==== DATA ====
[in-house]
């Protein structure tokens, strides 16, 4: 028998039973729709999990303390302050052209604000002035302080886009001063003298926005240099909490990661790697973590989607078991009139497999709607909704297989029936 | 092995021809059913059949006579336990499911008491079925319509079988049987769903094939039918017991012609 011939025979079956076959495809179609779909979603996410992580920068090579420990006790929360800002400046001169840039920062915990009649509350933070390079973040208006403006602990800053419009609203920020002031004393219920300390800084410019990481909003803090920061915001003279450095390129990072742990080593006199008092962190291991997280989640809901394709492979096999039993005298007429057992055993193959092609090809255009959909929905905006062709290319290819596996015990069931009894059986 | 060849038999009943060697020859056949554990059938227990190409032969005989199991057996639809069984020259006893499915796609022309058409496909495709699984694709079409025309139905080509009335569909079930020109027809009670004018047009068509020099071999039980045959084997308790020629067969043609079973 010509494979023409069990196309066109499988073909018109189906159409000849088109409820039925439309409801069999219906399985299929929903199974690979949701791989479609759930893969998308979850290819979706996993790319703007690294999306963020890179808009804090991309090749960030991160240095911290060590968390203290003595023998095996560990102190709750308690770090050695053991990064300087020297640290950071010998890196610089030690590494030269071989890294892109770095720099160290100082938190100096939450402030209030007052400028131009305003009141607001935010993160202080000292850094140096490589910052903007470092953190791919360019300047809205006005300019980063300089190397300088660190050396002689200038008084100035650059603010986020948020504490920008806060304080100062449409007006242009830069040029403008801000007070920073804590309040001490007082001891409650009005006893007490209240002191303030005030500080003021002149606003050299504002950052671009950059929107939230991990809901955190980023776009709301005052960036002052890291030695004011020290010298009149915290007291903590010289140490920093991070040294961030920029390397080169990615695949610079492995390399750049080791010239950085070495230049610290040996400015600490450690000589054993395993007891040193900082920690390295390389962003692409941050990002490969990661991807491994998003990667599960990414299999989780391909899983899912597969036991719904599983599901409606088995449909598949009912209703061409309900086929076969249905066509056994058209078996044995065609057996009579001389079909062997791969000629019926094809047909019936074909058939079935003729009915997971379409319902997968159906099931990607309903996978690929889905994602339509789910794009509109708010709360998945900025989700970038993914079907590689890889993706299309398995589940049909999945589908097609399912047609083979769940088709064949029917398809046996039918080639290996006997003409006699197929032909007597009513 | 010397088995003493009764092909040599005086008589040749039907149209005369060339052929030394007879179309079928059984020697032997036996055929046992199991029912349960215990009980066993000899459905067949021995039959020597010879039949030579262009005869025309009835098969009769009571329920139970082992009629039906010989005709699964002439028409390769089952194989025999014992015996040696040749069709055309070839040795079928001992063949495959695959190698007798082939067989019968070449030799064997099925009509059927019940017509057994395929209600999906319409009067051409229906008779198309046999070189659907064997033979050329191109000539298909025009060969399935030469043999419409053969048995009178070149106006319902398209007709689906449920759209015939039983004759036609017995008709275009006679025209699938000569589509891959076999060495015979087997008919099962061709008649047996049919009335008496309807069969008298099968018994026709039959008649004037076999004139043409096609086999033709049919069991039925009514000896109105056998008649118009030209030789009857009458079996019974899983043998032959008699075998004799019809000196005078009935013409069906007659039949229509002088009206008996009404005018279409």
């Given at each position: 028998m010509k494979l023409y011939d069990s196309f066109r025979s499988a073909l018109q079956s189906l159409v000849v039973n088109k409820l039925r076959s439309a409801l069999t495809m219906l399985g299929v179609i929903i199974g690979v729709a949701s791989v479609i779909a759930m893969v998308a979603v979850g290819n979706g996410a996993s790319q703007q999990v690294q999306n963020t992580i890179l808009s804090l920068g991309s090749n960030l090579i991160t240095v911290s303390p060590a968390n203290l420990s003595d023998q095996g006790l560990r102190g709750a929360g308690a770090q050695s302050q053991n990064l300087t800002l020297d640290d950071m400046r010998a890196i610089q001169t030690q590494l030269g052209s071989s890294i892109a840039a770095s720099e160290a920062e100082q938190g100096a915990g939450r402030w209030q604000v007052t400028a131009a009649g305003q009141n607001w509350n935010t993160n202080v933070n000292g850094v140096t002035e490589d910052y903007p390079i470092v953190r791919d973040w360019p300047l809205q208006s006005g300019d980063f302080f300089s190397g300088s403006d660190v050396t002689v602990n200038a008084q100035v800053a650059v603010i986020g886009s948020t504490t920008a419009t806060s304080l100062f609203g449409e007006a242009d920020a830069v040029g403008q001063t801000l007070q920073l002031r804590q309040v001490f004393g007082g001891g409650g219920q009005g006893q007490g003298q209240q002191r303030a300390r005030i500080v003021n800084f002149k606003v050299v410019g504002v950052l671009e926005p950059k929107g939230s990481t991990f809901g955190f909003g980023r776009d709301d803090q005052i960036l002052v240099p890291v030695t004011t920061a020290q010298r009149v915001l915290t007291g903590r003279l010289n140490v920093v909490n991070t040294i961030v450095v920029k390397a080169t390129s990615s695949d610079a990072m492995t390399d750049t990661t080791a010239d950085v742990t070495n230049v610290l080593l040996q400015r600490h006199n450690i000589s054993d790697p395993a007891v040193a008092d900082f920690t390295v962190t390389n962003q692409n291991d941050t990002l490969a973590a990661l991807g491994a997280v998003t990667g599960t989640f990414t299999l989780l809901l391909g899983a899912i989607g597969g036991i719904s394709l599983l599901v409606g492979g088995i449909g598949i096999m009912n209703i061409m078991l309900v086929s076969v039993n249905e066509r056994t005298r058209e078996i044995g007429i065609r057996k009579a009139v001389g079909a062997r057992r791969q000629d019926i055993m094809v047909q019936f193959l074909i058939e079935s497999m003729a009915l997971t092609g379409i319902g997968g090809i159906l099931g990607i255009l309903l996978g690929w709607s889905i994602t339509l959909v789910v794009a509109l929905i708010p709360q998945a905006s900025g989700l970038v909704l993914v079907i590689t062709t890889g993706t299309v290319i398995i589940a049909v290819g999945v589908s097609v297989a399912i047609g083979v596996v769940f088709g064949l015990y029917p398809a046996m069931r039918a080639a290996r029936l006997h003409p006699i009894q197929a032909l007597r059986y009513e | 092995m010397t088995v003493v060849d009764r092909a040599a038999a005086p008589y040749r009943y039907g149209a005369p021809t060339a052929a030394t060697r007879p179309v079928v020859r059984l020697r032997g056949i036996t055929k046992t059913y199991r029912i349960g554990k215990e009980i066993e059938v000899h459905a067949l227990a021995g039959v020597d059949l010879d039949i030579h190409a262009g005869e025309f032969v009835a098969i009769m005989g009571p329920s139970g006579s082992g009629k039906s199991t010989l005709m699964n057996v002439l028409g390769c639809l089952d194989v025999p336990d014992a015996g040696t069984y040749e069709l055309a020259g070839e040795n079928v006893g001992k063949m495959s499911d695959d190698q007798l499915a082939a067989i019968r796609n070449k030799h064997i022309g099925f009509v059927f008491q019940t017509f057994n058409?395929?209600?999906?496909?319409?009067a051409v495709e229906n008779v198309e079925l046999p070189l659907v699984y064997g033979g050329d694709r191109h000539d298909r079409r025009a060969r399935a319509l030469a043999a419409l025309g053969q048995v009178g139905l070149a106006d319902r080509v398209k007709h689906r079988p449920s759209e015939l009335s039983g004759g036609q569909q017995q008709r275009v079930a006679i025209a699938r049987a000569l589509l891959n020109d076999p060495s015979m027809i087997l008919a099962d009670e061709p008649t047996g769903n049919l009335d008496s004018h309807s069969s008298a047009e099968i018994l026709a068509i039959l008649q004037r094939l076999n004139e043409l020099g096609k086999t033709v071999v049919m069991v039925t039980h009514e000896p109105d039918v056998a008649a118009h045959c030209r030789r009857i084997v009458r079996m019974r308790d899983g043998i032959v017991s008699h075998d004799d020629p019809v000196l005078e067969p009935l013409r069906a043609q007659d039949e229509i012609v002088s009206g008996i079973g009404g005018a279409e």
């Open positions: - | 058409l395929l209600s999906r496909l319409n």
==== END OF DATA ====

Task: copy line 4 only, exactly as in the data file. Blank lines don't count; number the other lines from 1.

């Open positions: - | 058409l395929l209600s999906r496909l319409n």